Is Lance Still a Champion?

By David Ward

Okay. Let’s just agree that Lance was, as they say in the vernacular, juicing. It does seem from what we as the public have available that he probably was. But, I am not wading into that debate. Rather, for me the question is, where does that leave me as a big fan of professional bike racing?

Those who know me also know that I am an attorney and that I am big into cycling. So, since Armstrong announced he was not going to contest USADA’s (United States Anti-Doping Agency) allegations, I am frequently asked what my take is on all this.

First, it is unclear to me if Armstrong has been stripped of his seven Tour de France titles. That is what the American mainstream media, which often shows its lack of understanding of professional cycling, was reporting. Indeed, it appears that is what USADA was claiming. But, close observer’s noted there was a turf war going on between the UCI (Union Cycliste International) and USADA due to USADA’s refusing to share information with the UCI and to allow the UCI to step in and take over the proceedings.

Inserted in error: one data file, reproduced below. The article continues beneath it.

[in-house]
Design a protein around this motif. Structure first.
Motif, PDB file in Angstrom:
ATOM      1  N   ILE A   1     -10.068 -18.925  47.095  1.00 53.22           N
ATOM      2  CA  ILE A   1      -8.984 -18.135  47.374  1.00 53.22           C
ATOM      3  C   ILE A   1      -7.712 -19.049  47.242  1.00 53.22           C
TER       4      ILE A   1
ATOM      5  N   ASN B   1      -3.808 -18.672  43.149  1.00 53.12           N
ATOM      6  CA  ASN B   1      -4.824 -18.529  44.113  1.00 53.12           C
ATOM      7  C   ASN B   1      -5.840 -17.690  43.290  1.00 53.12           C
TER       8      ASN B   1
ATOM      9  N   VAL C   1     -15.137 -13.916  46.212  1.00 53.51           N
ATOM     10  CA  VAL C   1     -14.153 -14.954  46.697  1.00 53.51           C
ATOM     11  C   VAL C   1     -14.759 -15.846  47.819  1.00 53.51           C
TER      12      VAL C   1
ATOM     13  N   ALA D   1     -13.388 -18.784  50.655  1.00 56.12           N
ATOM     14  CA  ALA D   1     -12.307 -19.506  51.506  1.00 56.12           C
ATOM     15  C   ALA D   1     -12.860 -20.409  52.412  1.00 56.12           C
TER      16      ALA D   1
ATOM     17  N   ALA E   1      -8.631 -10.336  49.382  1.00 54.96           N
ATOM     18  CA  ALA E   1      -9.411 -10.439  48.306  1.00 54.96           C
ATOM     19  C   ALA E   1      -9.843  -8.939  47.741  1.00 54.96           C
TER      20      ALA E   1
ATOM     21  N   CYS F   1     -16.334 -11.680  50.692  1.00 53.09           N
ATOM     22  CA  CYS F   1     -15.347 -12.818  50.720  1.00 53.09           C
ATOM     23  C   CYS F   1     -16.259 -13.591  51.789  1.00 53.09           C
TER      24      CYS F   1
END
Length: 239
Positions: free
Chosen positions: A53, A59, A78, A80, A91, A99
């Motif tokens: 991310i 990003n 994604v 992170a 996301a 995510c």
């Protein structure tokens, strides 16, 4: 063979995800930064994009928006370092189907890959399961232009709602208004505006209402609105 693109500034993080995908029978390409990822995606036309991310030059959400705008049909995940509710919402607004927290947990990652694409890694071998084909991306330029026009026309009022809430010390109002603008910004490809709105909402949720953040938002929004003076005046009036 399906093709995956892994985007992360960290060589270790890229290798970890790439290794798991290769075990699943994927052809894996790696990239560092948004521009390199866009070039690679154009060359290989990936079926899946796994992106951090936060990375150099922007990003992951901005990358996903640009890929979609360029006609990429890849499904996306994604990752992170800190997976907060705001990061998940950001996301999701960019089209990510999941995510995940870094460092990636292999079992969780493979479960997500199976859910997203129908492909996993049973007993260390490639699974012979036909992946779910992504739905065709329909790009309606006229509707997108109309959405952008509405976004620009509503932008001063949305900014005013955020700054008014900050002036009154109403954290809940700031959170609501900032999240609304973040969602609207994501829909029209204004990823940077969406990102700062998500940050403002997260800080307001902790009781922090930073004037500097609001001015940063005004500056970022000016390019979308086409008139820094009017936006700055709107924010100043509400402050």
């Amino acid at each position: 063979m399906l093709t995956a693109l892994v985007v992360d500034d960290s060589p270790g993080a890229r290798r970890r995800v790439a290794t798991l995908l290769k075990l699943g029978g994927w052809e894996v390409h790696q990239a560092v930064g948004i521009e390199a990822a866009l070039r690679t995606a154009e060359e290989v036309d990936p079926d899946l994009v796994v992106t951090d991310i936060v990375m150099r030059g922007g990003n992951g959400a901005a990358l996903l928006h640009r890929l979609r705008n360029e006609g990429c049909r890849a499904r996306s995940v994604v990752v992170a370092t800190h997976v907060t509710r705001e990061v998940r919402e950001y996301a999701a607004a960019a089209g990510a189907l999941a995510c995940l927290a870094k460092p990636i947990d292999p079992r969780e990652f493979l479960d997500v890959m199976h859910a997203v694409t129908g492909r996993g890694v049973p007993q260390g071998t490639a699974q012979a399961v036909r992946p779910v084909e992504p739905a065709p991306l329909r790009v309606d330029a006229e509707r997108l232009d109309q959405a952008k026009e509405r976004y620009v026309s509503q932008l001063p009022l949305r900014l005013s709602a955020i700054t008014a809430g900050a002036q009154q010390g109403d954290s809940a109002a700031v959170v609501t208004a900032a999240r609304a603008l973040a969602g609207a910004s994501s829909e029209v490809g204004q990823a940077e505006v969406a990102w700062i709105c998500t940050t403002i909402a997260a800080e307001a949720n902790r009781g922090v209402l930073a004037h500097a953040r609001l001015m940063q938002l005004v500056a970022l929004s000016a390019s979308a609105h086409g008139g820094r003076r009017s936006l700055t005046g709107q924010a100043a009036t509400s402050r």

So, Armstrong has not yet been stripped of his Tour titles. Only the UCI can do that, and at last word they were still awaiting information from USADA. While it seems likely that might happen, it has not happened yet. As a side note, the case of Johan Bruyneel is still pending, and he has requested arbitration. So it will be interesting to see how this plays out.

But again, assume Lance is stripped of his titles. Where does that leave me as a fan? I determined long ago that Armstrong was egotistical and not necessarily a very nice person all the time, particularly if one got cross-wise with him. He was certainly brutal with former friends Tyler Hamilton, who may have saved Armstrong’s Tour in 2003 when he urged fellow riders to await Armstrong after his famous fall on the climb to Luz Ardiden, Floyd Landis and Frankie Andreu. But I learned long ago to not put my sports heroes on anything but an athletic pedestal. As a kid, I idolized Mickey Mantle, and remember being dismayed to learn he was alcoholic and participated in some fairly egregious behavior during those years I adored him. I learned then to keep my idolization appropriately circumscribed. Great athletes are just that: Great athletes, and not necessarily paragons of personal virtue.

So is Lance a great athlete, or does his cheating topple him off that pedestal? I remember a debate once about the use of bribery to accomplish reasonable ends in countries where corruption is rampant and bribery is the key to getting something done. There were those who claimed bribery was wrong and could never be justified. Others who said that is how life is: You sometimes have to do things you don’t like or approve of in order to do good.